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I have only built one touch screen application and that was many years ago,
so this information may be outdated. Hopefully someone will chime in if I am
For the most part, the fact that you are using a touch screen does not
require any special coding on your part. The touchscreen driver sends mouse
events as if the user were in fact using a mouse. When you touch the screen
for example, a mouse down event is generated. Director will not be aware of
the fact that this event was generated from the touchscreen. It will treat
the event just like a regular mouse down event.
So you see, events like mouse down, moving the mouse cursor around, mouse
up, double-clicks can all occur on the touch screen. I can't recall if or
how a right-click event was generated by the touch screen, so you may want
to check with the documentation specific to the touchscreen you are going to
be using. I may be a good idea to avoid using right-clicks all together, as
how th euser will generate these events (if possible) may be clumbsy.
The bottom line, you likely won't have to change that code at all.
This code will most likely work. Try it and see. This code just looks at
the change in the location of the cursor from one frame loop to another.
You still have a cursor with a touch screen. You just don't have a
mouse. You'll have to look at the docs that come with the touch screen
that you use. There is usually some set up control to allow the cursor
to show or not. You'll also have to see if the screen registers both
mouse down and mouse up events. Some don't.
Adobe Community Expert
Just a small addition to the prvious answers:
Depending on product, the calibration software for the touchscreen can give
several options for "touchmode".
Fx. 3M/Microtouch has 3 different settings - it can be usefull to know, when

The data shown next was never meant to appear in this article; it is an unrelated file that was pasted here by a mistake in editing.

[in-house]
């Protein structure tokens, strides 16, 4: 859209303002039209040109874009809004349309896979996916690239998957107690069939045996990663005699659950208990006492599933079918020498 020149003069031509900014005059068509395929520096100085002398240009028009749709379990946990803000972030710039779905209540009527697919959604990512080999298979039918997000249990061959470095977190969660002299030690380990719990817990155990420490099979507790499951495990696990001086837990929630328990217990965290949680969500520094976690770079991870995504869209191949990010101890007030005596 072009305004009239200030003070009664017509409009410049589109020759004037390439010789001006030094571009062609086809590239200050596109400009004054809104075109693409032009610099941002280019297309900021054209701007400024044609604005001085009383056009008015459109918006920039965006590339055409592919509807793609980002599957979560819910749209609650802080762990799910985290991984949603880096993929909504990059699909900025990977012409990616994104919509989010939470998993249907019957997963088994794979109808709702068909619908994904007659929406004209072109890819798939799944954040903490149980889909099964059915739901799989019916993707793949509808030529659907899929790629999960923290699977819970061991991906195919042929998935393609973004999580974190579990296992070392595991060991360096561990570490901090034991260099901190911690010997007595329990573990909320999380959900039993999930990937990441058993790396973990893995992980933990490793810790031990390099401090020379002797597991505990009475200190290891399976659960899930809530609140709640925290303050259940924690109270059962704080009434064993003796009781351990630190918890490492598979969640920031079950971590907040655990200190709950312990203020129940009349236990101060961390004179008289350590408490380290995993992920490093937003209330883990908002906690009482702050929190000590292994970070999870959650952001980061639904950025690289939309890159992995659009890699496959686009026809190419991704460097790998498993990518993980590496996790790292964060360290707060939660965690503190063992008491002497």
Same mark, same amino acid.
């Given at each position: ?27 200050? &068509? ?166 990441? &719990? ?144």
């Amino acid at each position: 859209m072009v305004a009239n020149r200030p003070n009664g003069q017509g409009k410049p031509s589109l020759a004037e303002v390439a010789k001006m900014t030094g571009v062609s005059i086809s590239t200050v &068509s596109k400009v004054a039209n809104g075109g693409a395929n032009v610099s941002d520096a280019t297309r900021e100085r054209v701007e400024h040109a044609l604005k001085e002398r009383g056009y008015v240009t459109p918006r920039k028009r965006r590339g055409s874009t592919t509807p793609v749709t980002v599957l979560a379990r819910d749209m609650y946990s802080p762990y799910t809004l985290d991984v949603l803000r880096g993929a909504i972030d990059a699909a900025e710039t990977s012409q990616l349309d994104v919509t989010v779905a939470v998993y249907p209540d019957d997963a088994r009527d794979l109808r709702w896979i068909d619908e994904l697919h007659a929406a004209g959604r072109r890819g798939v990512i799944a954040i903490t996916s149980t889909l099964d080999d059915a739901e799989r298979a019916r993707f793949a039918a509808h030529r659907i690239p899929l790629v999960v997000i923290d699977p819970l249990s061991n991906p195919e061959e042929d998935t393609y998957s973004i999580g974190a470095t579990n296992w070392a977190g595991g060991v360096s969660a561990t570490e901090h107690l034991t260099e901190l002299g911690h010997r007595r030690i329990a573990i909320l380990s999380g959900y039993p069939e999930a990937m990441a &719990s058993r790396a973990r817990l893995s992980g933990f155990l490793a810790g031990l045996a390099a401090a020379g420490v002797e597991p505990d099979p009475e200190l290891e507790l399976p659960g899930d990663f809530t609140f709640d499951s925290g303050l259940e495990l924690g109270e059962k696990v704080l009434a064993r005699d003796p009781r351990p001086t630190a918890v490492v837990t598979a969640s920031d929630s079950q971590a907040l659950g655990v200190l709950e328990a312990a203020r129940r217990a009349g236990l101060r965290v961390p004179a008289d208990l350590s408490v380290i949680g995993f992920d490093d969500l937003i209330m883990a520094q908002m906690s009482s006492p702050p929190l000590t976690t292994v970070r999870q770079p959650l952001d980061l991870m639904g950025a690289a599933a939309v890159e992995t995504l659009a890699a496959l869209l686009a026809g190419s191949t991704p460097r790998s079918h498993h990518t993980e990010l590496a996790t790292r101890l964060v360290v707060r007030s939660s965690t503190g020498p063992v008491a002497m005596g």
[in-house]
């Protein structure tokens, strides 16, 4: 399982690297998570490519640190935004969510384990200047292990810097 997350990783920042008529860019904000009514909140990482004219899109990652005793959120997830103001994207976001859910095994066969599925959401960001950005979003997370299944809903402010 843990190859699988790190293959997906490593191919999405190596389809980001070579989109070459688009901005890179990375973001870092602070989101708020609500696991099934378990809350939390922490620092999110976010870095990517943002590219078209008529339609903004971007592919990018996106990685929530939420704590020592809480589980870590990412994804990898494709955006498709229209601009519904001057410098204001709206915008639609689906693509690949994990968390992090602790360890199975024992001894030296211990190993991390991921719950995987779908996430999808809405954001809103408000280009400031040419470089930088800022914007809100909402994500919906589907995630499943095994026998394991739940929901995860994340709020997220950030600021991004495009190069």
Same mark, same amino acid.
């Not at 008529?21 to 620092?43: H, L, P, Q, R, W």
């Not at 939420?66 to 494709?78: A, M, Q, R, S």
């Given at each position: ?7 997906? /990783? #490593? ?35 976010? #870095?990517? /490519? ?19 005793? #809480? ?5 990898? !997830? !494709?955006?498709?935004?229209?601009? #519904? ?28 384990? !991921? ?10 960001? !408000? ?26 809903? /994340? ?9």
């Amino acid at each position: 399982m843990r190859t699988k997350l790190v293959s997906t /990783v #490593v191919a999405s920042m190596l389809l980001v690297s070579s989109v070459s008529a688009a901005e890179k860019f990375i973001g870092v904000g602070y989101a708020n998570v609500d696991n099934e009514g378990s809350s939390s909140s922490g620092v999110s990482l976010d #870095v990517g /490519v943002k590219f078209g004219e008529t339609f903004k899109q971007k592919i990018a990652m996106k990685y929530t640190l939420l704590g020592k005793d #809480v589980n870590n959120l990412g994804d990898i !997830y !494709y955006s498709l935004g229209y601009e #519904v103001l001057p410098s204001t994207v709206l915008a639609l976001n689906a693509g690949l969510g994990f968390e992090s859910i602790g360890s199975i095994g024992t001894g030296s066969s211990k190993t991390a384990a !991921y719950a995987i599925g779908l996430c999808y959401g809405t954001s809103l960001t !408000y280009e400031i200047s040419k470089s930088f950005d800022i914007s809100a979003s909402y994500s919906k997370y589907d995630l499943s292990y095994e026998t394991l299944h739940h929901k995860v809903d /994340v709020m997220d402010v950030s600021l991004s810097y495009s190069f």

- Drawing mode (default): Reacts as a normal mouse. Creates a mousedown when
the screen is touched, and a mouseup when you liftoff the finger.
- TouchDown mode: Creates a mousedown, a small pause and then a mouseup when
the screen is touched.(button mode)
- LiftOff mode: Mousedown and mouseup happens when you liftup the finger
from the screen.
In all modes, the cursor follows your finger if you slide over the screen.
The script you mention, will work fine on a 3M/Microtouch screen in Drawing
Wow. Many thanks for these answers. I didnt even know that touchscreens had different touch modes that you could change. Thats really good to know. I'm getting the screen in in a week or so, so I'll test it out then.
Many thanks again everyone....
Got the touchscreen in and all works OK. My only problem now seems to be that the user has touch exactly the centre of the magnifying glass to drag it, and even then it's doesn't always drag nicely.
I need to make the whole magnifying glass touchable/draggable. From my limited brainpower I'm guessing that it might be that the code is pointing to the registration point of the circle as opposed to the whole circle:
" -- get the registration point of the glass
pRegPoint = sprite(me.spriteNum+1).member.regPoint"
...but I'm only guessing and clutching at straws and I don't know what to do to change it anyway...
Any help is most gratefully received.
> My only problem now seems to be that
> the user has touch exactly the centre of the magnifying glass to drag it,
Haven't seen that before...
How does it work with a mouse?
Do you use any ink settings on that sprite, different that copy?
>and even then it's doesn't always drag nicely.
Depending on the type of touchscreen (capacitive/resistive, serial/usb)
there are different communication speeds. Some have the possibillity to
tweak the settings in the calibration software. You should be able to get
movements similar to normal mousedragging. Well, it will never be suitable
for the newest shooting games, but for dragging a sprite, it should be fine.
Did you try setting a high FPS for your movie?
^ Sorry, I did not see the code that you supplied.
sprite(me.spriteNum+1).loc = the mouseLoc
sets the center of the glass to where you place the cursor (or the
Instead you could make the magnifying glass draggable, and adjust the mask
position after that.. The mapStageToMember must then follow the center of
the glass, instead of the the mouseLoc. Notice that the registrationPoint of
the glass has an offset in the demo.